Behind the acronym BFF [Best Friends Forever]
A woman goes into a cafe and tells the waitress: “My husband’s run off with my best friend. God, I’m going to miss her…”
It’s a silly urban myth, perhaps; a joke that married women of a certain age like to relate to tease their husbands, but behind it lies a truth that will resonate with anyone who’s ever lost a friend to someone else.
There is no mythology about losing a friend the way there is about having one’s heart broken by an unfaithful lover, yet the woman in this tale regretted the loss of her best friend more than the departure of her partner. Her friend’s betrayal was more hurtful to her than her husband’s infidelity. Maybe she believed that while the opposite sex come and go (and thank goodness some of them do go), friendship is meant to endure. It’s even possible that she was secretly relieved to be rid of her bloke, but devastated that he’d pinched her BFF.
If you were ever dropped at school by a friend who’d found herself a new ‘bestie’, it seemed like the end of the world. It can still cause pain, even in adulthood. Sometimes there is no explanation as to why you’ve fallen out of favour: no phone call advising you of the change in allegiance; no apology; no letters of condolence, however bereft you feel. You are history.
And if she (I’m using the feminine pronoun because that’s my experience, although I assume that men do pinch friends too) has discovered a new BFF, it’s even more galling if you were the one who introduced them to each other. But if you put two people together at a party and they become better friends with each other than they are with you, isn’t it actually a lovely compliment to your skills as a hostess? Friend-sharing is an act of generosity and speaks volumes about you (while people who are possessive about their friends tend to lose them as quickly as they acquire them).
However, friend-stealing is underhand and undermining. In business, you’d receive commission for an introduction, but in friendship, you might not even get an acknowledgement. Worse still, this new ‘couple’ could be talking about you! It’s teenagerdom all over again.
While all’s fair in love and war, we feel a great sense of injustice at the taking of a friend. The French will justify hanky panky, however bizarre one’s taste, with ‘the heart has its reasons’ (well, they would, wouldn’t they?) but even here a politician, or a prince, who is caught with his trousers down, is fêted when he dumps the wife to marry the mistress. His family and friends not only forgive him, they even buy new outfits for his wedding.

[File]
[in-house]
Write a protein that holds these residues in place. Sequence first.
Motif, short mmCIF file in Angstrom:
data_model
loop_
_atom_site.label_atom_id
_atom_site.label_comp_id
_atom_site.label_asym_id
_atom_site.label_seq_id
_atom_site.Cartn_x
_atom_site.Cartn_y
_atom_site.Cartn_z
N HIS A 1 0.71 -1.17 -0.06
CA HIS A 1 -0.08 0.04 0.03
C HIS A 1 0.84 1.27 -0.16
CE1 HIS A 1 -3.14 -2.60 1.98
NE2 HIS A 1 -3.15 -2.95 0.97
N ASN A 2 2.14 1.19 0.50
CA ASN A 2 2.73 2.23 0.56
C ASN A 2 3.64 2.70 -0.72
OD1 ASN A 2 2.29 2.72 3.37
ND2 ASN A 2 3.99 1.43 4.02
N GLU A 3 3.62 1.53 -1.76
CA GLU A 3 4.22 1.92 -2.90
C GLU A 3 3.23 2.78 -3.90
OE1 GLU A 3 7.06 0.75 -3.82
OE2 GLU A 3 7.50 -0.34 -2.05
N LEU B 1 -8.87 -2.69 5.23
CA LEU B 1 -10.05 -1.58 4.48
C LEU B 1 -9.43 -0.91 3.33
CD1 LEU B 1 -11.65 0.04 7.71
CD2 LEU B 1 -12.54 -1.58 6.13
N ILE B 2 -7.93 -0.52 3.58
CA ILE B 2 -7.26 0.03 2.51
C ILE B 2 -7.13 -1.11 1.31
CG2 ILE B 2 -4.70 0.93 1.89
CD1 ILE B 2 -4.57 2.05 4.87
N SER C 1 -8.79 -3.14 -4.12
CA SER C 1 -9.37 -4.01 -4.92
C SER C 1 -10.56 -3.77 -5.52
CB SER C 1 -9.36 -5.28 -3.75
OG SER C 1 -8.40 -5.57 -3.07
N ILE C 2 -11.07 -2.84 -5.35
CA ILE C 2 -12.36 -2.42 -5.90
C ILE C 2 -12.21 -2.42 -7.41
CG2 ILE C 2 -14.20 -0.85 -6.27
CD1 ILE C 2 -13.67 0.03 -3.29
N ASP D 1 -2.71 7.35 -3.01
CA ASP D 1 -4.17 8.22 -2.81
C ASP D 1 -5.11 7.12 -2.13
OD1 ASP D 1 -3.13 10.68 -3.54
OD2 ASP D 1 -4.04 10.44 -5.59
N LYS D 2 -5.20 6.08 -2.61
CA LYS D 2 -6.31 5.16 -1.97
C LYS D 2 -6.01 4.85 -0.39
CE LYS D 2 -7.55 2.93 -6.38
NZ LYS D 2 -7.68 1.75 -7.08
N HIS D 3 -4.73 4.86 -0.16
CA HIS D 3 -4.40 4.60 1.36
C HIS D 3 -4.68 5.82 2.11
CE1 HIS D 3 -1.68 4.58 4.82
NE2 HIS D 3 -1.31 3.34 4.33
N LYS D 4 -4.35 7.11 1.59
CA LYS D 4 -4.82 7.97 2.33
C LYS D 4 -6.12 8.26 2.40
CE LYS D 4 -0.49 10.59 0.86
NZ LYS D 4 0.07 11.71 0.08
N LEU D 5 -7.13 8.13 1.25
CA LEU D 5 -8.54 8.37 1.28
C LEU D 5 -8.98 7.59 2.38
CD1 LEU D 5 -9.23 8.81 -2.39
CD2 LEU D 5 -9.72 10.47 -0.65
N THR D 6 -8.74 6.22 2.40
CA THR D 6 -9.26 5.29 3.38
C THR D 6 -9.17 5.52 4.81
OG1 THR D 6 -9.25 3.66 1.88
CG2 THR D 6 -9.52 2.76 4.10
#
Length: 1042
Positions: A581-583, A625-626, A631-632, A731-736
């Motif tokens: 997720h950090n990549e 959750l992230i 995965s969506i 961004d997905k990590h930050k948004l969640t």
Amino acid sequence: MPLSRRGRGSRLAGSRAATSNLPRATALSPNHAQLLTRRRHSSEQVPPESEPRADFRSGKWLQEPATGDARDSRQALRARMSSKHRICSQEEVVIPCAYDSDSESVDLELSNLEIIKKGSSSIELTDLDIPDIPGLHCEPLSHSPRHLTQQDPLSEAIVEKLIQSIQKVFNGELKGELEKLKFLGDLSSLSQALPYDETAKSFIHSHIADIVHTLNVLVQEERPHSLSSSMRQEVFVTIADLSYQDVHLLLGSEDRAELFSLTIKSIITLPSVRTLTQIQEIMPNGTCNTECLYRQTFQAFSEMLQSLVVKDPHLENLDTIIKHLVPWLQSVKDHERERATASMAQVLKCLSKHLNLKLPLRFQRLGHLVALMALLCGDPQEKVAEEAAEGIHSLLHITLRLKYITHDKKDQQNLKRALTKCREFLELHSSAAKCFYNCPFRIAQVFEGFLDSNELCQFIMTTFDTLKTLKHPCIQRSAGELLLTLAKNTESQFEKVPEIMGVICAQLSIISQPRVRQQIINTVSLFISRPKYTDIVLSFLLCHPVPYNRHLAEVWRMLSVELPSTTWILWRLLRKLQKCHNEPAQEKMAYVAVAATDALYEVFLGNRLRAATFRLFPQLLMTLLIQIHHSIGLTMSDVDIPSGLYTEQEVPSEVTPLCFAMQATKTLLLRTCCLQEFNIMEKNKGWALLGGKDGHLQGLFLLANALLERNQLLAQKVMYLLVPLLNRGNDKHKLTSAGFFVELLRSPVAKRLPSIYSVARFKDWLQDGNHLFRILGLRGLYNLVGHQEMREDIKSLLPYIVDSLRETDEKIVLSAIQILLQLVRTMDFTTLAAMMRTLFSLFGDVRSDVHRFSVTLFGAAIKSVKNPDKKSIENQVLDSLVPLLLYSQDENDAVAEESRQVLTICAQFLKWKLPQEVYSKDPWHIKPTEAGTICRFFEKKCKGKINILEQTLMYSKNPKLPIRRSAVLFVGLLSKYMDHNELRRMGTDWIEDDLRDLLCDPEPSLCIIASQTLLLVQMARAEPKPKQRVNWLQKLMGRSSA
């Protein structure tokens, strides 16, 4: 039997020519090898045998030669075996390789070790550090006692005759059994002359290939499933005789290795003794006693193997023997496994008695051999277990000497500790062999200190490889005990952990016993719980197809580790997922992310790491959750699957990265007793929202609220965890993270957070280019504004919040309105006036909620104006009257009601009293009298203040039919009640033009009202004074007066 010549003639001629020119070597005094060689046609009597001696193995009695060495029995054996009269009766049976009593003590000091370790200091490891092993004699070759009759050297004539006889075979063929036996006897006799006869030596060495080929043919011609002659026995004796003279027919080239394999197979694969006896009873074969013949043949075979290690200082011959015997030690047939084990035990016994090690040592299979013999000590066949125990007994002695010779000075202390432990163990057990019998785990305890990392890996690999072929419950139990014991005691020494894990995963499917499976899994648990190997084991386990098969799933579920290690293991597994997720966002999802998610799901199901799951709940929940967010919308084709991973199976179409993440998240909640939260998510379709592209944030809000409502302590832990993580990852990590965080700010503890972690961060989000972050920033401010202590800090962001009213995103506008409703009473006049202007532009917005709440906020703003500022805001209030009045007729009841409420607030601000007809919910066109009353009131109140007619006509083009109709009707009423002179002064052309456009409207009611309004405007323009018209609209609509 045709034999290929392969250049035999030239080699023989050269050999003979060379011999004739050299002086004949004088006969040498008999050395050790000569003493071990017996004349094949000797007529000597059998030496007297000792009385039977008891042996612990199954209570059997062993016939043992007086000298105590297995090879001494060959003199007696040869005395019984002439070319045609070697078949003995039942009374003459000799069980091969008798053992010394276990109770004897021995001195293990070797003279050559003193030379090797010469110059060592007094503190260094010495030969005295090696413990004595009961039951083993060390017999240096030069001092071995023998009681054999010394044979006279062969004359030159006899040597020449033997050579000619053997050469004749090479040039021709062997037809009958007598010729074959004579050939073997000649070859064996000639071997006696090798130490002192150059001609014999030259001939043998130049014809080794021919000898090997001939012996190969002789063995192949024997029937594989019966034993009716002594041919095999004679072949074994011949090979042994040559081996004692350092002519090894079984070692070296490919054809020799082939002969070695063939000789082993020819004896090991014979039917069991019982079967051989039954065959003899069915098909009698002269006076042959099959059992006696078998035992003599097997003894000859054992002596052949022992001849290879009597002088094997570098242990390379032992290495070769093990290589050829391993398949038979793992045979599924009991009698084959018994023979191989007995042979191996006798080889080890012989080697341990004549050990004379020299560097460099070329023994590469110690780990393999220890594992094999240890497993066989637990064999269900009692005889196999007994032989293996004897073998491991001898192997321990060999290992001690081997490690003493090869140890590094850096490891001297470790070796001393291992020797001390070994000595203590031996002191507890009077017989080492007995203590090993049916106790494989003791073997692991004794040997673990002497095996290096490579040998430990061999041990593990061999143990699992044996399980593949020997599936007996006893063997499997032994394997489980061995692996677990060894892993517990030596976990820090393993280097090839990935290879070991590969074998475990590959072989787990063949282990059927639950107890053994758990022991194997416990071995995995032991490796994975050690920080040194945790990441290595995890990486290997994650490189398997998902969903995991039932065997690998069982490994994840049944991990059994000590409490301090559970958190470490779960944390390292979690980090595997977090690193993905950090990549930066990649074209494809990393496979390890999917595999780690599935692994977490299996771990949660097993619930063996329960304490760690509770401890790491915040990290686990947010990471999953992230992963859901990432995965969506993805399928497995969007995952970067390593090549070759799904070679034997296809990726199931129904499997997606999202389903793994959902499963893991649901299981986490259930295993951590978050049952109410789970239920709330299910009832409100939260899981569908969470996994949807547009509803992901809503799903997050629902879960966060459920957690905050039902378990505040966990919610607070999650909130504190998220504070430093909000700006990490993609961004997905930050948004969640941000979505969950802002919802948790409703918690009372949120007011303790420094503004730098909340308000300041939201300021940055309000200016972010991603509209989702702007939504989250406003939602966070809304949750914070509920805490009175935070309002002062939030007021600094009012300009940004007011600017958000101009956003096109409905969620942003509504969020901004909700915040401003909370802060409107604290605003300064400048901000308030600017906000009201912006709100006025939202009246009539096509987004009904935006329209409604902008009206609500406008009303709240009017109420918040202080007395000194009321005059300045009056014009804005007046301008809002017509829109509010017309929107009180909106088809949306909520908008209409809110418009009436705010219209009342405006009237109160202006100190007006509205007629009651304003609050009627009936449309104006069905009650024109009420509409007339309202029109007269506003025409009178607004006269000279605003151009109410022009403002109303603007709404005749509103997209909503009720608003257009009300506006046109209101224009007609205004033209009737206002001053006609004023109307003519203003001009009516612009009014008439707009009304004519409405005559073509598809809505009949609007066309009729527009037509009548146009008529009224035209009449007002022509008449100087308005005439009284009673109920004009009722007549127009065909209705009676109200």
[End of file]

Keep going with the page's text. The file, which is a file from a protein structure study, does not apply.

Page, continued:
Similarly, a country that seizes land from another often gets away with it. Battles, however bloody, are always ‘just’ to those fighting them. You need only look at the language of conflict: ‘take out’, ‘collateral damage’, ‘neutralise’ are all euphemisms for killing and death. Wars and marriages that end in divorce are concluded with legal paperwork; a woman who dumps her lover for another might write a Dear John letter, but the end of a friendship, even a close one, is rarely terminated formally.
Popular author Joanna Trollope took a stance on the matter in her novel The Best of Friends which explores the fall-out from losing a spouse to a friend, and, significantly, it is the nature of friendship, not the marital betrayal, that generates the intrigue, friend and husband both being the ‘significant other’. Likewise, the most moving scene in the film The Duchess is when newlywed Duchess of Devonshire discovers that her husband is having an affair with her confidante – and, like the urban myth that opened this column, it’s his theft of her friend that upsets her most. There may be 50 ways to leave your lover, but friendships should not be destroyed by another, in the name of love or anything else.
And it’s not always the pleasure of intellectual stimulation or the discovery of perfect pastime compatibility that leads to a new meeting of minds. I know one couple who are notorious for muscling in on other people’s mates – and experience has shown that well-heeled mates are the most vulnerable to this. The motives behind friend-pinching don’t change, it would appear. In the playground it was all about who had the new skipping-rope or the best collection of marbles; in adulthood it’s the couple with the tennis court or the French villa who are seized upon.
So, if someone else is now bathing in your best friends’ swimming-pool, then raise a glass to your true friends – and console yourself that friend-pinching is rarely downwardly mobile.